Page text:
Hot for Collective Nouns | by, Carmen Brock

Editor’s note: Carmen’s beautifully crafted {as always!} musings on the month of love. Enjoy

Hot for collective nouns

I am hot for collective nouns.

That’s right, there’s nothing quite like a word referring to some sort of group or collective—generally people, animals, things—that lights me up. Collective nouns are witty, eloquent, often elegant and surprising, and a bit nerdy (I am a hopeless sapiosexual, so this fits). The collective noun for flamingos? A flamboyance! For owls? A parliament! And my absolute favorite of all time….the collective noun for ladybugs? A loveliness!

It’s a matter of loveliness that brings me to this newsletter. February is (too often, in my opinion) saturated with romantic and conventional ideas about love. I am going to leave that subject to the experts. I want to explore loveliness….in particular, the loveliness of music, paper, collaboration, nutrition, and memory.

Snail Mail

Ellicott City native Lindsey Jordan of the indie rock project Snail Mail headlined a five-night sold out Valentine Fest at Remington’s Ottobar . This was a homecoming show of sorts for Jordan, who played her first show at Ottobar in 2015 at the age of 15.

(The collective noun for snails? Escargatoire.)

Love Notes

This gold-hearted blossom pink notebook by Appointed in DC comes with a choice of interiors: lined, grid, or blank. The sweetest part: It can also be monogrammed in a Serif or Sans-Serif font with a turnaround time of just 3-4 days. The lovely Suann Song, founder and CEO of Appointed, is a longtime lover of thoughtful design, beautiful paper, and sustainable business practices. Appointed’s paper is acid-free, chlorine-free, and made with 2/3 renewable energy, more than half of which is made on-site with renewable biomass and zero-emission hydroelectric.

(Collective noun for paper: ream, pad, or budget).

Bon Bon

Local plant shop B.Willow boasted a very sweet Valentine’s Day collaboration: a locally grown bouquet (hello you beautiful collective noun you) of tulips, dark chocolate raspberry bonbons by local Lindersweets+Sweetri, and a handmade canvas tote bag. This bae bundle was $65 with portions of proceeds going to the House of Ruth.

photograph of Wanda Moore by J.M. Giordano

Food for Thought

This exhibition at the Baltimore Museum of Industry highlights the unsung heroes of the COVID-19 pandemic: Food and Nutrition Service workers at Baltimore City Public Schools. When schools closed during the pandemic, these essential workers continued to feed Baltimore City youth and their families. Wanda Moore, who has worked in food and nutrition for 24 years, said, “…we love what we do. Feeding the kids is everything to us.” Opening on February 10, this exhibition honors their work and the love they have for the youth in our city.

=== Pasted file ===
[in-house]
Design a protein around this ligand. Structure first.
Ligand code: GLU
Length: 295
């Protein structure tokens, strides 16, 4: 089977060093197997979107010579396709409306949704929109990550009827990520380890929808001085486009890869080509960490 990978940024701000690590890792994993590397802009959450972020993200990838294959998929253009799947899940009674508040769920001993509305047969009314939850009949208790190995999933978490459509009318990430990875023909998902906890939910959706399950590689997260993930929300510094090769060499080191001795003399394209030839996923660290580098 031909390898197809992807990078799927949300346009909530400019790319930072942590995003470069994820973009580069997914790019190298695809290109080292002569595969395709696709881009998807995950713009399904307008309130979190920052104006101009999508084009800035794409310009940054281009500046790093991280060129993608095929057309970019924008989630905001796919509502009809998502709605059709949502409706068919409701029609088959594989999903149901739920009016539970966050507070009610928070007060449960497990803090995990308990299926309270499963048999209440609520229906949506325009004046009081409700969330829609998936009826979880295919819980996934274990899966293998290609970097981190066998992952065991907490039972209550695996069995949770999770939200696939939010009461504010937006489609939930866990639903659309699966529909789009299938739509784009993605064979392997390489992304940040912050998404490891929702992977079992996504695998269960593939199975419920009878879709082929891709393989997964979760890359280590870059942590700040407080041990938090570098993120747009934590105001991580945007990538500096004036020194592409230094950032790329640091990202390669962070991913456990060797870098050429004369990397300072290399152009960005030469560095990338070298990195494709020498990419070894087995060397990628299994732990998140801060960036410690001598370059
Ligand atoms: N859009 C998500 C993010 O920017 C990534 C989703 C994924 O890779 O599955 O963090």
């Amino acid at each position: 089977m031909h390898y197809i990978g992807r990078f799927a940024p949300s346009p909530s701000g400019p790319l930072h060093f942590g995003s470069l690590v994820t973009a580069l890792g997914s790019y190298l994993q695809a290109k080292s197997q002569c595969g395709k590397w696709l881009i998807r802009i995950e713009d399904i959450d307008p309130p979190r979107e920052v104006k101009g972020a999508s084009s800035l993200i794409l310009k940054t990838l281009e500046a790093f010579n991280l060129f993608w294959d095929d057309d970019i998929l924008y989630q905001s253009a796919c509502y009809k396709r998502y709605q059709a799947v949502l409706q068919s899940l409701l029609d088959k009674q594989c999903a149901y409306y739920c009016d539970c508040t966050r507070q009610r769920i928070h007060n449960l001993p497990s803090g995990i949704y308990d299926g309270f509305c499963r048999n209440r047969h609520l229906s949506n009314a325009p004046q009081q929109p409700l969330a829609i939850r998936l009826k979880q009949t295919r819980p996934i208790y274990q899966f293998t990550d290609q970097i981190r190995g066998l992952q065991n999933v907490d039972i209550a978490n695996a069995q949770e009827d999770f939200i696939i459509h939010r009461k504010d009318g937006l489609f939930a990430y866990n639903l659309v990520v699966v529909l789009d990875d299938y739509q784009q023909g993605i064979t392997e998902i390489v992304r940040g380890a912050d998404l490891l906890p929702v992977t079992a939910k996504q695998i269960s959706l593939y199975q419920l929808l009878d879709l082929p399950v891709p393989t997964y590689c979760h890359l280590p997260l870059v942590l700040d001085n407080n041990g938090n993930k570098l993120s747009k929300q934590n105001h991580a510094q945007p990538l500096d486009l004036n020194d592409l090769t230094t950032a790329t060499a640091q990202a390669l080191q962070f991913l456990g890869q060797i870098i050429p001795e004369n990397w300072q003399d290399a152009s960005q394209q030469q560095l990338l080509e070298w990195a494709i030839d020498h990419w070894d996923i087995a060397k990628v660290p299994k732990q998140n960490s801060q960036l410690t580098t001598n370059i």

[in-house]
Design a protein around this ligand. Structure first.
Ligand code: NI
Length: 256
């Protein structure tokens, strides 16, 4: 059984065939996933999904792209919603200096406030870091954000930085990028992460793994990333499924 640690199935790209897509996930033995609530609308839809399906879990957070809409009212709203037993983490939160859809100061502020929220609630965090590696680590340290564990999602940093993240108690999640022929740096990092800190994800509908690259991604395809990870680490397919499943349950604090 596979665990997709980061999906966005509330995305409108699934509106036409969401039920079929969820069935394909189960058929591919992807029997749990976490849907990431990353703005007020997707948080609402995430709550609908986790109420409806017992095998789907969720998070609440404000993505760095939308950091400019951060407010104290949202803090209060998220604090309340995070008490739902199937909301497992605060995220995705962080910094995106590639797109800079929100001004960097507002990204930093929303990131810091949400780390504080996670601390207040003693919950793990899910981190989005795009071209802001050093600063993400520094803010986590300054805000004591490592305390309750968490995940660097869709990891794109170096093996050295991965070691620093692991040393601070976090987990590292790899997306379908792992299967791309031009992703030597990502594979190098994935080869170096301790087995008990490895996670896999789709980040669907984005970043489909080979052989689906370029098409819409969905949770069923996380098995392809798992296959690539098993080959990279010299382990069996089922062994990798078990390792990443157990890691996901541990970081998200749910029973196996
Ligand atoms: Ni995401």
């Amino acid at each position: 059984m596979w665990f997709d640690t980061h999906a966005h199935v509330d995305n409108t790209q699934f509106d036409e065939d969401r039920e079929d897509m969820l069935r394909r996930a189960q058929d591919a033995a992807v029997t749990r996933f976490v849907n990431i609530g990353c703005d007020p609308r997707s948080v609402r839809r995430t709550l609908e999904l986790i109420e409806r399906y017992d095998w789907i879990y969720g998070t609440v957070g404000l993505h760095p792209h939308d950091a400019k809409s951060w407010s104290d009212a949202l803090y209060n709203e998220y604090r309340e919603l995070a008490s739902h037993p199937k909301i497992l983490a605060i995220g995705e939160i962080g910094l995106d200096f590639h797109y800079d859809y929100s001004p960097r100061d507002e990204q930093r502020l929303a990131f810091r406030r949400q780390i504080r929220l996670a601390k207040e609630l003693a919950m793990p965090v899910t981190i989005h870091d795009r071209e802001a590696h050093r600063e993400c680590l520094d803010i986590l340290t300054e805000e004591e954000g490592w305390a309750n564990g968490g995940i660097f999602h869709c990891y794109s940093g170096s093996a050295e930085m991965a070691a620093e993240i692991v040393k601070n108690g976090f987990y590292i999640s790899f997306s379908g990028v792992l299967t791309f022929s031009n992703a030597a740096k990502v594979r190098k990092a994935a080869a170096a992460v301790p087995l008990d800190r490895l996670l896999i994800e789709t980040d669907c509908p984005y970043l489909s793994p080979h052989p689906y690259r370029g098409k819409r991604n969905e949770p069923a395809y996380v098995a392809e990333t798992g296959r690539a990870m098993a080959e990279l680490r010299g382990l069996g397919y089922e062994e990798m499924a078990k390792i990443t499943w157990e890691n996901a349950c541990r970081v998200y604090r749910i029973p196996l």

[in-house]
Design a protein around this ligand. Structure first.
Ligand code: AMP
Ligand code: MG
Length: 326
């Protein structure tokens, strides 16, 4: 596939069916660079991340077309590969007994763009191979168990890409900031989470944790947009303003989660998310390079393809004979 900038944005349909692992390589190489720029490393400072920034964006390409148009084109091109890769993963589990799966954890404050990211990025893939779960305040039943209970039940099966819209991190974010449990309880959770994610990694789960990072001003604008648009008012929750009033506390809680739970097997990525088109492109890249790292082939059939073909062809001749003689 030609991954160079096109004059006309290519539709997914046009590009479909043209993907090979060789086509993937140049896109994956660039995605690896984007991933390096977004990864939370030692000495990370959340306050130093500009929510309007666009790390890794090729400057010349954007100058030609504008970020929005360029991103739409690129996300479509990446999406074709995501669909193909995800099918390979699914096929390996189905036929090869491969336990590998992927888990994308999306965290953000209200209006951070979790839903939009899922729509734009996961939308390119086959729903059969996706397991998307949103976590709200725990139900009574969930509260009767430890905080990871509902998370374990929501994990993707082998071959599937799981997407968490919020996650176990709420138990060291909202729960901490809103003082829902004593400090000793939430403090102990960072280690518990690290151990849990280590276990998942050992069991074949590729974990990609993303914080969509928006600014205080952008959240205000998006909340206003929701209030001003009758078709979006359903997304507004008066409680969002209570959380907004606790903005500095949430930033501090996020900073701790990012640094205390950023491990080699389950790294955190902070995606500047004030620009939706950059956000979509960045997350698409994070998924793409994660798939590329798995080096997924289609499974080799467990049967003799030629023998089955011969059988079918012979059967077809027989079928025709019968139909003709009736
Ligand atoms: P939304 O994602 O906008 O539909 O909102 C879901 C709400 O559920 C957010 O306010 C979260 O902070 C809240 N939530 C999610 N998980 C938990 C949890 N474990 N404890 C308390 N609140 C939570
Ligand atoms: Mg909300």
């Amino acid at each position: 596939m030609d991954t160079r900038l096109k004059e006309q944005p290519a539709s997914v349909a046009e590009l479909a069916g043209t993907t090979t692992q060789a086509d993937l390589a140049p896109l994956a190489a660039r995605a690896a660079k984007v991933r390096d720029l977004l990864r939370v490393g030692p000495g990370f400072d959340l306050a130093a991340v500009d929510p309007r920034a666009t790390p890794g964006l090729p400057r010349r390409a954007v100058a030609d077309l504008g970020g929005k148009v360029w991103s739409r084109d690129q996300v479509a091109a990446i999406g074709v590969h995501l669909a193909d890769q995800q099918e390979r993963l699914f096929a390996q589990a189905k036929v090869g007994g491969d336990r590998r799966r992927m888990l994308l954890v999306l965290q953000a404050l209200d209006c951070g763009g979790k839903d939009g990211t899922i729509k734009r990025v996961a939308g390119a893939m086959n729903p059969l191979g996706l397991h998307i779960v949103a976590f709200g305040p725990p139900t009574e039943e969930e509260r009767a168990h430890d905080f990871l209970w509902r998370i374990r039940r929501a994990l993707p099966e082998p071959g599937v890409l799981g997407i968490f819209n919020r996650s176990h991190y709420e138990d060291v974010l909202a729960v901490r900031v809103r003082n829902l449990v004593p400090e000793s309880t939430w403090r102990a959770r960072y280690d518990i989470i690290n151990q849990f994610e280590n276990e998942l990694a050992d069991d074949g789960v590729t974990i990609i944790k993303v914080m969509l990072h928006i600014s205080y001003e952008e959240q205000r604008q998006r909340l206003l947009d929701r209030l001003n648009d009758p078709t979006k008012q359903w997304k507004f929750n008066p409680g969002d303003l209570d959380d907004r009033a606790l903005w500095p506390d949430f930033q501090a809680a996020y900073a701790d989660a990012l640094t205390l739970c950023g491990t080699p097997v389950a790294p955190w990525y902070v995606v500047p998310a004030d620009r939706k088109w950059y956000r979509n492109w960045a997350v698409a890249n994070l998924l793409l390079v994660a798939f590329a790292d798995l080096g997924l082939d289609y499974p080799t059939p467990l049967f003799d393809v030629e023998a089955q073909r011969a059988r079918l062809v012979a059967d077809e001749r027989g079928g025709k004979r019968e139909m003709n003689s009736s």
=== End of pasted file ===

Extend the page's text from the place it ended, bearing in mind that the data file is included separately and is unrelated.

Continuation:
This heart-shaped meadow was created by farmer Winston Howes of South Gloucestershire, UK as a tribute to his late wife of 33 years, Janet. Howes planted 6,000 oak saplings in a six-acre field on his farm, leaving the heart-shaped clearing in the middle. The heart points towards Janet’s childhood home in nearby Wotton Hill, and daffodils bloom in the middle of the heart in the springtime. I love the everlasting nature of this tribute, and the tenderness of memory.

A few more fun collective nouns, if you please:

❤️ a flood of plumbers ❤️

❤️ a dazzle of zebras ❤️

❤️ a rash of dermatologists ❤️

❤️ a shiver of sharks ❤️

❤️ a mischief of rats ❤️

❤️ a bloat of hippopotamuses❤️

Carmen Brock

Carmen Brock grew up on a cattle and tobacco farm in Kentucky. She now calls Baltimore her home. She owned a home goods and vintage shop in Hampden called Trohv for 14 years. She is currently a home design consultant. You can often find her at the Waverly Farmer’s Market, Church Bar, or with her nose buried in a book. She loves collective nouns, a dirty martini, and porch-sittin’. For inquiries:


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